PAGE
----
I love extra heat with shrimp, to me they're just perfect together. Another favorite is Chili Crab not sure that's a good dish for a potluck...but you want inspiration.

                                            Another one is my Rubio's like salsa made from scratch. Toast chile flakes, add tomato salt, sugar, water. It simmers and its a balancing act with salty, hot not too much sweet. But great salsa that's addicting. If you've never eaten at Rubio's it might be hard to imagine.

                                            1. Wow! Those are all great ideas so far - save for the pho, perhaps... I'd like to avoid having to use soup bowls on top of all the other dinnerware (for 25 people) I don't own '-)

                                              In fact, I'd like to hear some more details about the Guyanese pepper pot (tho I can certainly google it) if it's more stew-ish than soupy & the curry laksa....

                                              We have a bunch of Central/South American friends coming by, so I think that area (salsa, etc.) might be covered....

                                              THANKS a lot so far! All very great ideas.

                                              5 Replies
                                              1. re: linguafood

                                                Mmm. Curry laksa is a noodle soup, so perhaps not what you're looking for. At any rate, it's a Malaysian/Singaporean dish- sort of a very brothy curry, with noodles, a bit of meat, tofu, and bean sprouts.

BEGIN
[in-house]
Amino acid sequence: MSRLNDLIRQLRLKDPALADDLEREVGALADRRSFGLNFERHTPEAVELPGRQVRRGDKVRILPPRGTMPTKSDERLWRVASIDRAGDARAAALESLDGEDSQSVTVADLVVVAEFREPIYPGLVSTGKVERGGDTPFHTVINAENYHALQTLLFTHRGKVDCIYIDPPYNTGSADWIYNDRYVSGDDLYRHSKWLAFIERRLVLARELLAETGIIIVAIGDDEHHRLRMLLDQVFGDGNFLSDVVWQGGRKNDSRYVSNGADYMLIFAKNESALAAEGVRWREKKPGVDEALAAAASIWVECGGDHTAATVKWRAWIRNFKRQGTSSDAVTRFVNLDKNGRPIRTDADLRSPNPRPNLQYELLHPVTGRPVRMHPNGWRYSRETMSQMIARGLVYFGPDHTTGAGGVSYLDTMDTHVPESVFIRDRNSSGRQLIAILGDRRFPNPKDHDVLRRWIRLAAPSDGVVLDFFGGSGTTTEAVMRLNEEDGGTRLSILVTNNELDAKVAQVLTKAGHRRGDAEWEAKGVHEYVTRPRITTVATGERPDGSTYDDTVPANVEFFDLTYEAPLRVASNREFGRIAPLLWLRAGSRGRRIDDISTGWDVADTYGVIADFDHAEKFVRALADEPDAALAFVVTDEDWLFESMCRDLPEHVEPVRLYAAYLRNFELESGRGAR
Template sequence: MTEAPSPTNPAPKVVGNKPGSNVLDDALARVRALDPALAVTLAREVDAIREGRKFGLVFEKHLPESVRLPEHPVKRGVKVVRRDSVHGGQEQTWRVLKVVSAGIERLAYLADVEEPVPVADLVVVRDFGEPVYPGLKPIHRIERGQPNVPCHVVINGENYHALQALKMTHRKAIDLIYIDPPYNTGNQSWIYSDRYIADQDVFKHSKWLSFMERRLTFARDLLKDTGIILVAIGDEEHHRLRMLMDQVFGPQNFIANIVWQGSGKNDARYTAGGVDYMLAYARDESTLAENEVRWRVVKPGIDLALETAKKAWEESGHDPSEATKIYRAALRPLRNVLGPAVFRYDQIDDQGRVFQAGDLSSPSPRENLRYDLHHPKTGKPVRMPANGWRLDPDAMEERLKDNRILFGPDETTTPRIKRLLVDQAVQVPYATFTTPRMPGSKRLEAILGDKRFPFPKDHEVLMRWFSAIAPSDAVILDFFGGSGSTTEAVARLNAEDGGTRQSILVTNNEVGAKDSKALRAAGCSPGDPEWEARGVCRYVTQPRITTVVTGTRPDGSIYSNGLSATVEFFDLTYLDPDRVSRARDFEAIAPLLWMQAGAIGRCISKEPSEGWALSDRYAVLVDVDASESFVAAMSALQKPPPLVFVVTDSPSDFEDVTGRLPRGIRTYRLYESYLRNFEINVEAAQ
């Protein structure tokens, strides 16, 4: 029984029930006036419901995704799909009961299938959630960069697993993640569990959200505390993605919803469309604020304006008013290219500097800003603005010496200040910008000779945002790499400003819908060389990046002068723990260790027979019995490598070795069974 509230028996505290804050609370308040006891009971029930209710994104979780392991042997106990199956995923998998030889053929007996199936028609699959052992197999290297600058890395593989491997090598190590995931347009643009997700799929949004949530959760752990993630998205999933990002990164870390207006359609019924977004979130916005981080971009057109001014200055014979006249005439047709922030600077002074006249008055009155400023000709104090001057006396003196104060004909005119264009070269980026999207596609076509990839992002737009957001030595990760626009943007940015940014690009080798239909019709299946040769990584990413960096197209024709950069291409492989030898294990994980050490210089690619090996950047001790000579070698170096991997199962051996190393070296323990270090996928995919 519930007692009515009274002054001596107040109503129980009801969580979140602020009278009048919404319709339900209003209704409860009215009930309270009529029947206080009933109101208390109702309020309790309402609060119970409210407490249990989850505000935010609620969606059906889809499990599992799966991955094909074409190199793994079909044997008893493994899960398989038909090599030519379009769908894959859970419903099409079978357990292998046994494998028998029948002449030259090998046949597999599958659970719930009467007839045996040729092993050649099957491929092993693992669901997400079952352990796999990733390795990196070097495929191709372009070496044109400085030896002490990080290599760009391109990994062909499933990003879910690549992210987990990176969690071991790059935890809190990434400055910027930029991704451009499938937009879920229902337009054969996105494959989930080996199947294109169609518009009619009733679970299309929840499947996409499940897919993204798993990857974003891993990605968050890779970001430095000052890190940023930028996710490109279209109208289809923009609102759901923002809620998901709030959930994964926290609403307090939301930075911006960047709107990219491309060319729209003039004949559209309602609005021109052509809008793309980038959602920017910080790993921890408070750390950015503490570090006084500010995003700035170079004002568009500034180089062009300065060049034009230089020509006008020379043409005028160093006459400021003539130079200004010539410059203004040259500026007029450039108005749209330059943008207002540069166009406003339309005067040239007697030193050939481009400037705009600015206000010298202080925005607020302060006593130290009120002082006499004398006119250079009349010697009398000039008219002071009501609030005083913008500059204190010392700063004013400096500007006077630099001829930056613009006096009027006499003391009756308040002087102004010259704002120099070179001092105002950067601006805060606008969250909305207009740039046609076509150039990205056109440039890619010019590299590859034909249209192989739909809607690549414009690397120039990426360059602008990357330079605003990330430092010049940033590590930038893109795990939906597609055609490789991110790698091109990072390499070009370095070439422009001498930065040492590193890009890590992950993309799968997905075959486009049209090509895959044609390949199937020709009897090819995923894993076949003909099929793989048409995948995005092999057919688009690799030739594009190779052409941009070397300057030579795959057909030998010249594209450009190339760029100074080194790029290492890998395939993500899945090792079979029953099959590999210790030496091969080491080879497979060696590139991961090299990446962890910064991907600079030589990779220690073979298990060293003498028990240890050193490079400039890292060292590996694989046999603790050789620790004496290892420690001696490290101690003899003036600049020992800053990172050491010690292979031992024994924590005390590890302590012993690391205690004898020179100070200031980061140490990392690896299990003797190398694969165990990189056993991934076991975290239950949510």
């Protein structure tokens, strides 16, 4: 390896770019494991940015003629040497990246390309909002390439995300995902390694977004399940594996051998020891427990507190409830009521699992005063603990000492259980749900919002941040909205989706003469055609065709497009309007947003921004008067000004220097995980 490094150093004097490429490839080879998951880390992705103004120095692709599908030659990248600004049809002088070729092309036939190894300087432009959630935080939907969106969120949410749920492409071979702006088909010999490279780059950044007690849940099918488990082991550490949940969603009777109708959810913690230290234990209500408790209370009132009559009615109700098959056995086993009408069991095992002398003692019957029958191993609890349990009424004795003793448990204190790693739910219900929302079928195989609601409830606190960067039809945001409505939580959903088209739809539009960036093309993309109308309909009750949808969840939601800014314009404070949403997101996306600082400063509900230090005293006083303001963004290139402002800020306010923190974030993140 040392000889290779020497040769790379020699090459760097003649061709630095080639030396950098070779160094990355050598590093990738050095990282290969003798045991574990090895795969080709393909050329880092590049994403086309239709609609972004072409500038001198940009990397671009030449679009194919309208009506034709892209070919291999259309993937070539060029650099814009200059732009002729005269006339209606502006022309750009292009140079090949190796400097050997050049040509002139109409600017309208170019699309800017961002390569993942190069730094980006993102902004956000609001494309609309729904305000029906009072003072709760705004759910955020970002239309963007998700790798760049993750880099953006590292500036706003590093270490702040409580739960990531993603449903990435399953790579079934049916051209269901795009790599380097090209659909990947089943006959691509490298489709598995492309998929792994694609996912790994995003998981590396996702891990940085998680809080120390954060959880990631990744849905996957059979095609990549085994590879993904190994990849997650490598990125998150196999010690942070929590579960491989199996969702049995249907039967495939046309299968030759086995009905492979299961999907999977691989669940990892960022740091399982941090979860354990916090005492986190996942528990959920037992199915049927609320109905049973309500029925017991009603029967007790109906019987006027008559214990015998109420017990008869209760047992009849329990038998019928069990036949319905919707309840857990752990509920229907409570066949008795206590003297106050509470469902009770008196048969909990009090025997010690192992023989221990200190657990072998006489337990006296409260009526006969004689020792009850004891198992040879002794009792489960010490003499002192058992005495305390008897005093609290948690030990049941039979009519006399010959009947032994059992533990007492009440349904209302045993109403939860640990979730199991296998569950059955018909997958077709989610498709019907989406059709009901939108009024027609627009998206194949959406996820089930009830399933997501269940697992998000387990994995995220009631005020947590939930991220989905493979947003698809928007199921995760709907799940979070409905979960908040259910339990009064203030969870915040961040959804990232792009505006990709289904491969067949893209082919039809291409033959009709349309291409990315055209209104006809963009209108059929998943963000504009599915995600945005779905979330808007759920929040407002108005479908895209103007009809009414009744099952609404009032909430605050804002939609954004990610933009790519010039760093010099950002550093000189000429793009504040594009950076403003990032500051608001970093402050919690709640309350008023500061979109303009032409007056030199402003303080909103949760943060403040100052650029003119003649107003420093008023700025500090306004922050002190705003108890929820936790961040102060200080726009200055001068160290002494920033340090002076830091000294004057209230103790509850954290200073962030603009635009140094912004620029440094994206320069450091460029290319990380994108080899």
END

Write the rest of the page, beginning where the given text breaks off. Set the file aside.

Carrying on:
1. re: linguafood

                                                  Pepperpot is traditionally an Amerindian stew using a concentrated cassava extract mixed usually with molasses called Casreep. Not the easiest thing to find but I've got quite lucky finding it at some West Indian groceries in New Jersey and Queens NY
                                                  The stew consists of various tougher meat cuts, ox tails,pig tails, even Iguana sauted with onions,garlic,cilantro and hand fulls of scotch bonnet peppers. The Casreep is added,topped with water and skimmed regularly and allowed to slowly boil for several hours until tender, serve over rice or boiled ground provisions such as Cassava,yams, taro,green plantains.
                                                  The real thing can peel paint but you can understand the preservative properties necessary in a hot, humid climate. Good stuff.

                                                  1. re: linguafood

                                                    Don't forget about your coffee cups, they will do and are actually nice for parties, the holder makes it handy to eat.
                                                    Any of the soups would be wonderful. I often serve a dish at my potlucks that needs a bowl and this is how I handle it. I have tons of coffee cups all sizes. Just in case you hadn't thought of it...
                                                    And by the way this sounds like a fun party that's going to have excellent food!!! wishful thinking happening over here...

                                                    1. re: chef chicklet

                                                      True, dat. Though I don't think I have 25 coffee cups, to be honest.